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Resource Limits and Conversion Efficiency with Implications for Climate Change


There are two commonly-used approaches to modeling the future supply of mineral resources. One is to estimate reserves and compare the result to extraction rates, and the other is to project from historical time series of extraction rates. Perceptions of abundant oil supplies in the Middle East and abundant coal supplies in the United States are based on the former approach. In both of these cases, an approach based on historical production series results in a much smaller resource estimate than aggregate reserve numbers. This difference is not systematic; natural gas production in the United States shows a strong increasing trend even though modest reserve estimates have resulted in three decades of worry about the gas supply. The implication of a future decline in Middle East oil production is that the market for transportation fuels is facing major changes, and that alternative fuels should be analyzed in this light. Because the U.S. holds very large coal reserves, synthesizing liquid hydrocarbons from coal has been suggested as an alternative fuel supply. To assess the potential of this process, one has to look at both the resource base and the net efficiency. The three states with the largest coal production declines in the 1996 to 2006 period are among the top 5 coal reserve holders, suggesting that gross coal reserves are a poor indicator of future production. Of the three categories of coal reserves reported by the U.S. Energy Information Administration, reserves at existing mines is the narrowest category and is approximately the equivalent of proved developed oil reserves. By this measure, Wyoming has the largest coal reserves in the U.S., and it accounted for all of U.S. coal production growth over the 1996 to 2006 time period.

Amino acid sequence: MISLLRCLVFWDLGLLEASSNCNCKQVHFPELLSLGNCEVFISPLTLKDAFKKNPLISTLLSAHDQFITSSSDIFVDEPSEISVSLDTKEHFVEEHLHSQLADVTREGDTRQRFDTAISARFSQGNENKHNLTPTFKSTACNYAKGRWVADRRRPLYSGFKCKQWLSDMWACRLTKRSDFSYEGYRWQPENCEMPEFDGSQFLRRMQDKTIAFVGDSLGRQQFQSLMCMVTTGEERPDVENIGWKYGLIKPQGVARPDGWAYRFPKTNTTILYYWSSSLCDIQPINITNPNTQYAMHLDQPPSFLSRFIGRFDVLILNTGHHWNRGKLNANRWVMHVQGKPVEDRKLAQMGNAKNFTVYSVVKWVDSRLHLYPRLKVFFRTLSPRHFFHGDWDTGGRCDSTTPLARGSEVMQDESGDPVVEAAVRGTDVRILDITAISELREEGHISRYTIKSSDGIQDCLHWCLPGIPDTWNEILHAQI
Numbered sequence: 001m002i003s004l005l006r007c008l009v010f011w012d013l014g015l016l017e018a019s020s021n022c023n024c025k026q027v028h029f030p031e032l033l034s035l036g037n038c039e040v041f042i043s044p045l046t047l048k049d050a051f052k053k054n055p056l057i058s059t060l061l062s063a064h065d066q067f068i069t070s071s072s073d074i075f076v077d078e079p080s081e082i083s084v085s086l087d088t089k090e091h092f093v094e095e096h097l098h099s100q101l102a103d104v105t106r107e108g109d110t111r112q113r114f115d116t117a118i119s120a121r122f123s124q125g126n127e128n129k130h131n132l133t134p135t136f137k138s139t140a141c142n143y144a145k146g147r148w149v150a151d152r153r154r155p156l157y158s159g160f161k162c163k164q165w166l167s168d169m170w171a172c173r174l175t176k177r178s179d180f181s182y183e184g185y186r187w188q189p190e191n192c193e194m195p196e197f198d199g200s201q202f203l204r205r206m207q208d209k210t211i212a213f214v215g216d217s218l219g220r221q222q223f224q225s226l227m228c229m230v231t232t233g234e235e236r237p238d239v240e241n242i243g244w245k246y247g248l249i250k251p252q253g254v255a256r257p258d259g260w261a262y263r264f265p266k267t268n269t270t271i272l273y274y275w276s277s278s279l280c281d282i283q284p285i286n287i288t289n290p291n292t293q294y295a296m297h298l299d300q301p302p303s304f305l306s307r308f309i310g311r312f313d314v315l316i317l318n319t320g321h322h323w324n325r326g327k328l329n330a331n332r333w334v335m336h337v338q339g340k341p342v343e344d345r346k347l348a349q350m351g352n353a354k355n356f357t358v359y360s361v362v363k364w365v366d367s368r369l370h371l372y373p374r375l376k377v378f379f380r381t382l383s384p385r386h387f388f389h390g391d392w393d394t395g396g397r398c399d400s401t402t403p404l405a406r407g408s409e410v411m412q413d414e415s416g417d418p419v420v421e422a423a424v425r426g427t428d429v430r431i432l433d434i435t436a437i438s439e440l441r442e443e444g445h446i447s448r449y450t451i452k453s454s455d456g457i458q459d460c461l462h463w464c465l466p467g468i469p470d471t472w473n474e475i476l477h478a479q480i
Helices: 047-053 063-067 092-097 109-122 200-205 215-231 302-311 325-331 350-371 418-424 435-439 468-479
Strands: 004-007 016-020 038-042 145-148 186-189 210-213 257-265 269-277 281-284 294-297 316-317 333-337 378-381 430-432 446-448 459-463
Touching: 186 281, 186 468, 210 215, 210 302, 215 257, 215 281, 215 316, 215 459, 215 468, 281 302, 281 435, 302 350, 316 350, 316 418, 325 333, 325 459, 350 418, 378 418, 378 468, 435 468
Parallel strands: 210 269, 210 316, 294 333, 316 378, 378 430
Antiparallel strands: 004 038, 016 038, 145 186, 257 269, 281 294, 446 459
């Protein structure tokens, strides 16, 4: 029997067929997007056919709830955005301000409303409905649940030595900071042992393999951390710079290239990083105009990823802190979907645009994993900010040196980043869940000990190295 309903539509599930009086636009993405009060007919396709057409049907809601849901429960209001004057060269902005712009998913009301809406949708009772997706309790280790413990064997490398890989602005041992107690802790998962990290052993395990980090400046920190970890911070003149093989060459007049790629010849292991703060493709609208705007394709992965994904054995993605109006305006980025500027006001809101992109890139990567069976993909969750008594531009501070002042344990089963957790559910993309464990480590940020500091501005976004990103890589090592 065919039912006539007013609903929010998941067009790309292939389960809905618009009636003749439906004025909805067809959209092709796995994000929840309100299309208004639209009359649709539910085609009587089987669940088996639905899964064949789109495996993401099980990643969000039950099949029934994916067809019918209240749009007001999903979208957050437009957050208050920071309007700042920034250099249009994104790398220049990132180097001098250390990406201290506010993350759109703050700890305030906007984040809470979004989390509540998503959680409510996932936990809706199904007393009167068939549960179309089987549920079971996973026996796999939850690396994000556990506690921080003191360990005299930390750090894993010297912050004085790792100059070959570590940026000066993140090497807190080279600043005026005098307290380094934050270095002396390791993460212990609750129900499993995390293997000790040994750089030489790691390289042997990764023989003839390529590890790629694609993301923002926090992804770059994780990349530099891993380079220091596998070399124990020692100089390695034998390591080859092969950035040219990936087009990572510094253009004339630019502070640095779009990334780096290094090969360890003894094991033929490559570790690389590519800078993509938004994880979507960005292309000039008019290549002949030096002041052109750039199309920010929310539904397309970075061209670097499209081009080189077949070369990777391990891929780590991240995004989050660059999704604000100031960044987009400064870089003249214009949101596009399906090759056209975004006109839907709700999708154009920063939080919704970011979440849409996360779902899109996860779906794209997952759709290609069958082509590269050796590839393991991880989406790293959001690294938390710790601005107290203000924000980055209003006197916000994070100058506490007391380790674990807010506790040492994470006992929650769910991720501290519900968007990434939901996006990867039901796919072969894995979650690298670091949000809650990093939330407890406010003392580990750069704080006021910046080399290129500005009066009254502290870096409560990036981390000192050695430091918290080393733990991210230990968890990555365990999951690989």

In Chapter 2, multi-cycle Hubbert curve analysis of historical data of coal production from 1850 to 2007 demonstrates that U.S. anthracite and bituminous coal are past their production peak. This result contradicts estimates based on aggregated reserve numbers. In Chapter 4, a similar analysis of world coal results in a peak production year of 2011. Electric power generation consumes 92 percent of U.S. coal production. Natural gas competes with coal as a baseload power generation fuel with similar or slightly better generation e±ciency. Fischer-Tropsch synthesis, described in Chapter 2, creates transportation fuel from coal with an e±ciency of less than 45 percent. Claims of higher e±ciencies are based on waste heat recovery, since this is a highly exothermic process. The yield of fuel as a proportion of the energy content of the coal input is always less than 45 percent. Compressed natural gas can be used for vehicle fuel with e±ciency greater than 98 percent. If we view Fischer-Tropsch synthesis as a form of arbitrage between markets